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The Pareto Principle of UX Design


Design is a vast field and is filled with creativity. Well, creativity knows no bounds and cannot be limited to just one person. However, when it comes to making your imagination saleable to a larger audience, there are things you must take care of. Some specific things or principles have been formulated over the years and continue to change as time moves forward.

UX Design principles may seem a bit restricting to some, but they ensure that the designers reach the end goal. UX Design Principles like the Pareto Principle of UX Design are some widely acceptable and applicable guidelines which the designers apply to ensure that their design is perfect for their audience. A group of people have created these principles from various fields. They made sure that the different aspects of design and how each affects human behaviour are considered before the principles are finalised.

The ultimate purpose for any design is to make sure that the masses are attracted towards it and understand it. The idea is to grab the audience’s attention and eventually be interested in the content you have created.

What is The Pareto Principle of UX Design?

The Pareto Principle of UX Design is also called the 80/20 rule of the Pareto. It is kind of a productivity hack amongst the designers. It means that 80% of the total project depends on 20% of the effort designers put into it.

Pareto Principle Examples

To explain the Pareto principle of UX design in the UX terms follow the below example –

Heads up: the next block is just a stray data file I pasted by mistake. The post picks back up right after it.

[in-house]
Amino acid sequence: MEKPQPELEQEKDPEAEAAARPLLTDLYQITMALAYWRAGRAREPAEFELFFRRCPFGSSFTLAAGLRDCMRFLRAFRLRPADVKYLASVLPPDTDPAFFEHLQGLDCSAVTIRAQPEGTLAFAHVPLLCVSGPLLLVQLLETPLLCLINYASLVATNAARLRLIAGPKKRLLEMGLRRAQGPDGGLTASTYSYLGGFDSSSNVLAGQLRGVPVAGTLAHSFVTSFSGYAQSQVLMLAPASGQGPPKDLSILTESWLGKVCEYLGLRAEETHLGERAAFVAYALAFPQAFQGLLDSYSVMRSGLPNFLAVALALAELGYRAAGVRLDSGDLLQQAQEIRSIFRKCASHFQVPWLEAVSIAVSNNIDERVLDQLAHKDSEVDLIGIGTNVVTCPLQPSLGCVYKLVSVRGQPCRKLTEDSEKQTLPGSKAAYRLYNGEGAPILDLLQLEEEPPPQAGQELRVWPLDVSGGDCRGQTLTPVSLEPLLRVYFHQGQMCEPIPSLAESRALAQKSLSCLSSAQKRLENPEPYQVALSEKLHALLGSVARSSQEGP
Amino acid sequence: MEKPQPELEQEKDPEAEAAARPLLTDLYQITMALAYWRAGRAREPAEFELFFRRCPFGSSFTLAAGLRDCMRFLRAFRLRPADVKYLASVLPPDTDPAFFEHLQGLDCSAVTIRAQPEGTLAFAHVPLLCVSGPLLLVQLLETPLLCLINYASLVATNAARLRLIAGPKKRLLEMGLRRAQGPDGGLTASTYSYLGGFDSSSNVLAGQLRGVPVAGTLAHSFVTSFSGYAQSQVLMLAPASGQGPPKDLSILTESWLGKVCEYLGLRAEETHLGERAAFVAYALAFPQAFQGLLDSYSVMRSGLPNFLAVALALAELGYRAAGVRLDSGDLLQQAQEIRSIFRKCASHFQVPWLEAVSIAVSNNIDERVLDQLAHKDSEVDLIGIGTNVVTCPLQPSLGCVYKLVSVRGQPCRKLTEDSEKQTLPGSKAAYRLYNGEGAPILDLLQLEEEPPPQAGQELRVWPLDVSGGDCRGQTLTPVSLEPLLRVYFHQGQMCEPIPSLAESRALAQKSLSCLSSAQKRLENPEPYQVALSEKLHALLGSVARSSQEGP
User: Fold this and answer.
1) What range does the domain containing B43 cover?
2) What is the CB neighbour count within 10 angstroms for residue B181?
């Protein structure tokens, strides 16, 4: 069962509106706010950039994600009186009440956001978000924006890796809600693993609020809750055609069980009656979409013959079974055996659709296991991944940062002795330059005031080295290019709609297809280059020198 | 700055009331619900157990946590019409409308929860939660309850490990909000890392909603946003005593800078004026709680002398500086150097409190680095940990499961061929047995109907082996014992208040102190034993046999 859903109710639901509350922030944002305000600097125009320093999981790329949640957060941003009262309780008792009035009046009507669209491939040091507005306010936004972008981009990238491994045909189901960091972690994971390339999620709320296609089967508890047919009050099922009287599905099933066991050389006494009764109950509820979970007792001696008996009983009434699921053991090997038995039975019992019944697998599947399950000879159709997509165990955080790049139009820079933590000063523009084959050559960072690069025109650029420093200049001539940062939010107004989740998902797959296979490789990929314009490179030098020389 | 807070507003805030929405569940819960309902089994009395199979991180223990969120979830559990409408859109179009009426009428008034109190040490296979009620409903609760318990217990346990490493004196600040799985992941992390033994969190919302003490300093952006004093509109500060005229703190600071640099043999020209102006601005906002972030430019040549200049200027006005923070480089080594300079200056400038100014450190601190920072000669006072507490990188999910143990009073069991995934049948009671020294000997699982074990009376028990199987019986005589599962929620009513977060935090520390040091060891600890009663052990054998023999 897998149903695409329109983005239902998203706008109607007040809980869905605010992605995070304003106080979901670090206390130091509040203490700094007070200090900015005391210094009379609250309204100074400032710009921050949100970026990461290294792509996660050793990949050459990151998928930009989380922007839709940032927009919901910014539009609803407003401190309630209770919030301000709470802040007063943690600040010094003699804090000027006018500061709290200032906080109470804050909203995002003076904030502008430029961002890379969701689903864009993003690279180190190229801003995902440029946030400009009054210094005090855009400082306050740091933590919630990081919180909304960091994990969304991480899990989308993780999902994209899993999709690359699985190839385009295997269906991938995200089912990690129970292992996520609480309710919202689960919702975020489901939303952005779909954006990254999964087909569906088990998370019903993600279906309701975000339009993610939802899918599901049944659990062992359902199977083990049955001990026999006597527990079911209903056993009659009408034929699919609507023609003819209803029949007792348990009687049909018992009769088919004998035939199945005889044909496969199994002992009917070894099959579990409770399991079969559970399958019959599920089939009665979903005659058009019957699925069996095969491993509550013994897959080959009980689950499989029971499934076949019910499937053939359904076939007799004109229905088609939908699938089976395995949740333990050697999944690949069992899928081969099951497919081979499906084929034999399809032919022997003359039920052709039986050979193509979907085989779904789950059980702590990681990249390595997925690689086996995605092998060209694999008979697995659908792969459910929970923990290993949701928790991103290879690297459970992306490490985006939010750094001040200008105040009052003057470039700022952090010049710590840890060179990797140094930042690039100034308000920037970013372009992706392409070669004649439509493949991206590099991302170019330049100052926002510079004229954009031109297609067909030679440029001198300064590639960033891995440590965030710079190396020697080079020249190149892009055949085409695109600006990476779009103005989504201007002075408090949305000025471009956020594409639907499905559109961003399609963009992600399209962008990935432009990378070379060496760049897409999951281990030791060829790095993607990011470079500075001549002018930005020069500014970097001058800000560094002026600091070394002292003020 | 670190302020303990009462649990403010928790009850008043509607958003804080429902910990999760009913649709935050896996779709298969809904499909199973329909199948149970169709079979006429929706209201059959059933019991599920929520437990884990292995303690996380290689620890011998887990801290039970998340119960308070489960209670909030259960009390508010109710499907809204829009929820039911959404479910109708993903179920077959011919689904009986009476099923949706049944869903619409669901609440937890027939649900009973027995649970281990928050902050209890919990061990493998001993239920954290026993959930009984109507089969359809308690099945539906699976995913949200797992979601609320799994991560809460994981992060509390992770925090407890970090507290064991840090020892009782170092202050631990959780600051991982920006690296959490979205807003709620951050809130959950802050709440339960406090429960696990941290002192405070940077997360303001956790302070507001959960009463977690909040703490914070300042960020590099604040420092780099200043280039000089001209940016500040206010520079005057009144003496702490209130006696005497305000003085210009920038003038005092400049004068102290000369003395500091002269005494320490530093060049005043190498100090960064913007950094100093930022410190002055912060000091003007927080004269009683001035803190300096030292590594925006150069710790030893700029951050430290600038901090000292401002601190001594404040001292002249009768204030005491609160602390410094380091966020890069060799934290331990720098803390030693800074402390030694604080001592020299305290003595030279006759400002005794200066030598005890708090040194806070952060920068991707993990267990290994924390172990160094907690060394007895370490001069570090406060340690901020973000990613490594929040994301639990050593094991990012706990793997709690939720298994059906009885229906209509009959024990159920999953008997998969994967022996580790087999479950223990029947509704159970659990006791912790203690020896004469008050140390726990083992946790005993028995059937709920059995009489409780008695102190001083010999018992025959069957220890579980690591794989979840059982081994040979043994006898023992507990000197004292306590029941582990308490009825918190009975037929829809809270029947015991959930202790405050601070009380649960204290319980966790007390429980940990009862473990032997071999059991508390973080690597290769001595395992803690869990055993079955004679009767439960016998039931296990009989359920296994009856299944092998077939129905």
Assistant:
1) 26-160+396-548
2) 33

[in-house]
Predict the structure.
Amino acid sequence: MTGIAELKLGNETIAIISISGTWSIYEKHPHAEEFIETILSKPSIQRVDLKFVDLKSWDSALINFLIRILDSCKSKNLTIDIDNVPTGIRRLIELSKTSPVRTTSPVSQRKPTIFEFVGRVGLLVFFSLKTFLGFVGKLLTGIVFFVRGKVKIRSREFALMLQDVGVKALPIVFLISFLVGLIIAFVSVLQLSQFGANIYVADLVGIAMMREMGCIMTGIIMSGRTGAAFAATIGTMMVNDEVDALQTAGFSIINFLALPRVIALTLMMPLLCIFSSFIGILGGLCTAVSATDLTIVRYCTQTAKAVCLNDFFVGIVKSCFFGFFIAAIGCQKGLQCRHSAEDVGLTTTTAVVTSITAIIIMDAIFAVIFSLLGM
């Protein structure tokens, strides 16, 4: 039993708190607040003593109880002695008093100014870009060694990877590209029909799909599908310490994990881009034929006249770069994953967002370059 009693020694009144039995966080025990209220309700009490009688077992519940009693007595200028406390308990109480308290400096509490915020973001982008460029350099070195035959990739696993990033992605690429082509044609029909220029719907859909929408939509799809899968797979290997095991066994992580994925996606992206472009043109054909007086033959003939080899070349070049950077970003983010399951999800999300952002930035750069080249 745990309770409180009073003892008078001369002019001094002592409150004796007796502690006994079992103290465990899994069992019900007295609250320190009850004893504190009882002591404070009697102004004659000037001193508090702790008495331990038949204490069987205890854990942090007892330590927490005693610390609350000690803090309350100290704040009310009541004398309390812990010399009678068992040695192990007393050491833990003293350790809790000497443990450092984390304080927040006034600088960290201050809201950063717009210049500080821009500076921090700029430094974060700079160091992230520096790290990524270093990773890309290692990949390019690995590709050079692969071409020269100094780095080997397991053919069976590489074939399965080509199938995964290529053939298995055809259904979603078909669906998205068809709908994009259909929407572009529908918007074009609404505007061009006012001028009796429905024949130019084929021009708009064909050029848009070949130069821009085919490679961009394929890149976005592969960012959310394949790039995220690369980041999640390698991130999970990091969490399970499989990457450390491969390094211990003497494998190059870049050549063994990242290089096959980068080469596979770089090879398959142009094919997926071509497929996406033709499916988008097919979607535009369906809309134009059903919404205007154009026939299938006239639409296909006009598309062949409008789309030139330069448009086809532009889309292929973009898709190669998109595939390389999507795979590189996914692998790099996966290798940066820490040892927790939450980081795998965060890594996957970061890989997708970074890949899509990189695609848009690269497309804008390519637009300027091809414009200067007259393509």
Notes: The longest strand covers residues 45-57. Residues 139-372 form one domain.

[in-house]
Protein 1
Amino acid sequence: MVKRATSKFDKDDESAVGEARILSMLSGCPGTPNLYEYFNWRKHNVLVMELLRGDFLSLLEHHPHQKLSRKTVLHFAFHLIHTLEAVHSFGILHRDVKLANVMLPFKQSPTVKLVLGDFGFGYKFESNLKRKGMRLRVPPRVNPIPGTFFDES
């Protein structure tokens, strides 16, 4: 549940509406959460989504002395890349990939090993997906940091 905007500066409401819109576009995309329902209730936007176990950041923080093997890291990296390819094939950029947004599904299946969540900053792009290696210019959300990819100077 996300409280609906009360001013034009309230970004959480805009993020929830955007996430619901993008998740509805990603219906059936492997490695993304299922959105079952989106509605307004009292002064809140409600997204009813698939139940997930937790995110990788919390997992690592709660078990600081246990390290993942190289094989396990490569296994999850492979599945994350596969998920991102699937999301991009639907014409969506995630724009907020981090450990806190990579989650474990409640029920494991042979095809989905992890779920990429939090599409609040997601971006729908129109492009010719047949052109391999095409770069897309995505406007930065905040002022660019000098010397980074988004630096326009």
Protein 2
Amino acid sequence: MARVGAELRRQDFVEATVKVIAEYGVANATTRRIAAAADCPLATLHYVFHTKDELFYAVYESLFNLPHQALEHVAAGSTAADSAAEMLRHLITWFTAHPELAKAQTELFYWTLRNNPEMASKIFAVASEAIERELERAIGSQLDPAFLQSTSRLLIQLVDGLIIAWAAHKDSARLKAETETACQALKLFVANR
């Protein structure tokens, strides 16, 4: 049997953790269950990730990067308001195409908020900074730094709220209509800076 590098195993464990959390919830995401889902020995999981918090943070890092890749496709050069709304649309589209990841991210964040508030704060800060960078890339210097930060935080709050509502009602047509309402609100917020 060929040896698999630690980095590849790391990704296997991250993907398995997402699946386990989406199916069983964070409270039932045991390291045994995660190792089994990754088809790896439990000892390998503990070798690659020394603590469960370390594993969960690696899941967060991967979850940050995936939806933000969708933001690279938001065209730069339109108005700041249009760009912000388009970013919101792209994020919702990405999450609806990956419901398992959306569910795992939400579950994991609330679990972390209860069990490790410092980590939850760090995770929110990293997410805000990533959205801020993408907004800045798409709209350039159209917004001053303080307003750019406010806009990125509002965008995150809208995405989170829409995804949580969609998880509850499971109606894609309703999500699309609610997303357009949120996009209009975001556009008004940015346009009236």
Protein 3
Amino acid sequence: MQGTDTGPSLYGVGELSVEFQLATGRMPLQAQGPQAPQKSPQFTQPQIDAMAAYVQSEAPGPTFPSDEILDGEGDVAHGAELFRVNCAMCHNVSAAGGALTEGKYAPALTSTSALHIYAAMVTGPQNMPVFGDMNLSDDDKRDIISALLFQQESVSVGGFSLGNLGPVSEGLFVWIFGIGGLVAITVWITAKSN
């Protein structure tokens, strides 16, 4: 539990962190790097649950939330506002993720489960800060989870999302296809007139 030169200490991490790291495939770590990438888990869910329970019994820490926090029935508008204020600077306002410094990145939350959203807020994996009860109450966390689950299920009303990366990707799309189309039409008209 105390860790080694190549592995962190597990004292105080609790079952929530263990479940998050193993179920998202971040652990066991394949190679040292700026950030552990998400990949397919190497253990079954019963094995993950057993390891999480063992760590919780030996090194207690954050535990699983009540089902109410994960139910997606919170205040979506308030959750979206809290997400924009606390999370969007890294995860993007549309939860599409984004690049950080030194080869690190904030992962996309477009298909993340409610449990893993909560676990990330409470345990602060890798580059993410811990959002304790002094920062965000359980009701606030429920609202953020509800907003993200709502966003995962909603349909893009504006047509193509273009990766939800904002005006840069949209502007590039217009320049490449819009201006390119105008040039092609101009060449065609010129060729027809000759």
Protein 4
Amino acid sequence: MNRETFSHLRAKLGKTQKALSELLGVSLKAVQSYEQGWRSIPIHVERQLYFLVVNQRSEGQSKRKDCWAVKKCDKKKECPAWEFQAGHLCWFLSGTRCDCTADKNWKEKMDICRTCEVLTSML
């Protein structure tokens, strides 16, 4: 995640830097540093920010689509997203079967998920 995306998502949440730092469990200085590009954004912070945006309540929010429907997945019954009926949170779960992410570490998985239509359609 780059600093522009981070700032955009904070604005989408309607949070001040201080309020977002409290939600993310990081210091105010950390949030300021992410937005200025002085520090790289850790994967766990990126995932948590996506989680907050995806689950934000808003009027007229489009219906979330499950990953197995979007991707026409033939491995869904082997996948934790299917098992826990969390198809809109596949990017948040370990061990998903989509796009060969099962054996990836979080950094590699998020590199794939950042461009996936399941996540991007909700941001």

Talking about the 80/20 rule of the Pareto, 80% of the audience will likely use 20% of the features that you offer to them in your design. Similarly, in the coding language of UX Design, if your 20% of the code goes wrong, it is likely to cause 80% of the whole function to go wrong.

Even though the Pareto Principle of UX Design is a design principle, and perhaps, an important one, but it is not written over the stone. It is like any other guiding principles. The idea behind the Pareto Principle of UX design is to inform the designers that a small number of things in their design have a much larger impact than they might expect.

Why Should You Care About The Pareto Principle of UX Design?

Not Perfect

The first and the foremost reason to keep the Pareto principle of UX design in mind is that it’s not perfect. As we have mentioned earlier, it is not a hardcore rule in the design world, but it does give a little edge.

For example –

Suppose you take the floor and notice that 80% of the traffic uses only 20% of the floor. It only makes sense that your focus on cleaning the 20% of the floor more thoroughly than the rest. While it won’t give a 100% clean floor, it will ensure that the main area is perfectly clean.

The same goes for the UX Designers as well in crafting user experiences. When you do notice that there are 20% features that your audience focuses on the most, work on perfecting them. The entire experience does not have to be perfect, but you must make sure that 20% of the features give your users at least 80% of the flawless experience.

Prevents Too Many Features

The Pareto Principle of UX Design’s idea is to ensure that the designers don’t focus on adding too many features within the design. Offering your clients too many elements within the plan will only confuse them further. It will do more harm than good. It is called “experience rot”.